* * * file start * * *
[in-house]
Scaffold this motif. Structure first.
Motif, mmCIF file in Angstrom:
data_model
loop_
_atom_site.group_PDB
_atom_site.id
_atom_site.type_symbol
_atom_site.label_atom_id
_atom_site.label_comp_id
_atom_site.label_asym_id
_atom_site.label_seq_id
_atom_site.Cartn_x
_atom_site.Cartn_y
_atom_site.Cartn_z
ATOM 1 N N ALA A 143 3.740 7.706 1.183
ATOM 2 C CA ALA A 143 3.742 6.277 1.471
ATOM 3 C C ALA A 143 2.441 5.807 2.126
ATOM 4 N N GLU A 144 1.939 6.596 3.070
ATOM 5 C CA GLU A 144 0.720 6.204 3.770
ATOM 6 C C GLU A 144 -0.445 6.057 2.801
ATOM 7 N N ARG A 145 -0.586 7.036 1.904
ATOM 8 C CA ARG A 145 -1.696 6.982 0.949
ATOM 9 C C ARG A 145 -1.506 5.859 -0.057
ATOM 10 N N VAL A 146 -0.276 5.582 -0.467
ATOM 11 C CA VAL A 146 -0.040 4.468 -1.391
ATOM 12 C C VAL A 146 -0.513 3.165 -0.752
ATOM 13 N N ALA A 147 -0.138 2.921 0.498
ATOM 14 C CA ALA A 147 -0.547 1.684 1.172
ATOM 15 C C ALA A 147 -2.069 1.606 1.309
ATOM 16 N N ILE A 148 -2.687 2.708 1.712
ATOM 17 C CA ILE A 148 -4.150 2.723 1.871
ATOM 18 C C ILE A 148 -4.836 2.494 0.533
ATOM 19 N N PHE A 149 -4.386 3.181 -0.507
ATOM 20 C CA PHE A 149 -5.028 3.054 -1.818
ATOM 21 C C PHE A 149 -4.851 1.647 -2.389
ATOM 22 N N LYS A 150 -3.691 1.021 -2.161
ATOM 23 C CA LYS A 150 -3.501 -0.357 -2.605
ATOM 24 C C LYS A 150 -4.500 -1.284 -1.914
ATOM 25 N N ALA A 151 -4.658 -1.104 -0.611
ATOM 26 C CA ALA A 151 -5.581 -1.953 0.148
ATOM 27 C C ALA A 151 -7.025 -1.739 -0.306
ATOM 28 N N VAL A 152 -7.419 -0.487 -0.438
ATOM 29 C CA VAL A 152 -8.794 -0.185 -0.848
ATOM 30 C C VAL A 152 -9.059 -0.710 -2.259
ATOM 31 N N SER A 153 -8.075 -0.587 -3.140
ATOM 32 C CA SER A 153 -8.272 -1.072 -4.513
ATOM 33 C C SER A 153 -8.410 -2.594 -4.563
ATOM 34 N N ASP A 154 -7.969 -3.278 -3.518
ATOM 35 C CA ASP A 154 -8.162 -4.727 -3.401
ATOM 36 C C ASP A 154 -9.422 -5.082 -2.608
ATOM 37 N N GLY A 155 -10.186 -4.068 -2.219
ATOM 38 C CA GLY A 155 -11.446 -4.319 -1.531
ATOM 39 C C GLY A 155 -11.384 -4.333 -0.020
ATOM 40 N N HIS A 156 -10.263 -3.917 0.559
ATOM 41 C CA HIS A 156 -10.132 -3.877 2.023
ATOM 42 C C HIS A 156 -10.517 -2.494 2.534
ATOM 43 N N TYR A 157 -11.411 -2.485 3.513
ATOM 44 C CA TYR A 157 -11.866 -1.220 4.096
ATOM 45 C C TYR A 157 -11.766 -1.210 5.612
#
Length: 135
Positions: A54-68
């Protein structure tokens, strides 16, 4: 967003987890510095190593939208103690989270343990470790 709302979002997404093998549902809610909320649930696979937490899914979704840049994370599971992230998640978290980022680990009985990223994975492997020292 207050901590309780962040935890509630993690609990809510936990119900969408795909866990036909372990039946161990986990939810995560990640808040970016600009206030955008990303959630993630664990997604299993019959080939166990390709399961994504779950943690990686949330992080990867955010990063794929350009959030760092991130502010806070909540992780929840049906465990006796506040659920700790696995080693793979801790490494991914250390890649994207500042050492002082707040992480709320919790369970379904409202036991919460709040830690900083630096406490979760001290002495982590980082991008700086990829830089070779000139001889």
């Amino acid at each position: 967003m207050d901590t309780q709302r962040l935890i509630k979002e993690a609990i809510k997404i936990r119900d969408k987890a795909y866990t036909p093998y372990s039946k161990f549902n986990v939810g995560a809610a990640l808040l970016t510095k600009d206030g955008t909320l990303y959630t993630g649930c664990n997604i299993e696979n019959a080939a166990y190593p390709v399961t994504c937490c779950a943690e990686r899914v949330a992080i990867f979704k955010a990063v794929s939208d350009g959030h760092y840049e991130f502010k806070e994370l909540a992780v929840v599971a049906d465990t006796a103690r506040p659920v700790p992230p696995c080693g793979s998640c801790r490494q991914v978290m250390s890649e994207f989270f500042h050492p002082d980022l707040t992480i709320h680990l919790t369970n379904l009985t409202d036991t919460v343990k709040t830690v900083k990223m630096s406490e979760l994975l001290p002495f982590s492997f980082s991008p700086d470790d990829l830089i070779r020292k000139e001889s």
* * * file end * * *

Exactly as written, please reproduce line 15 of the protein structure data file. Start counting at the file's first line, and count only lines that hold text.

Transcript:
_atom_site.Cartn_z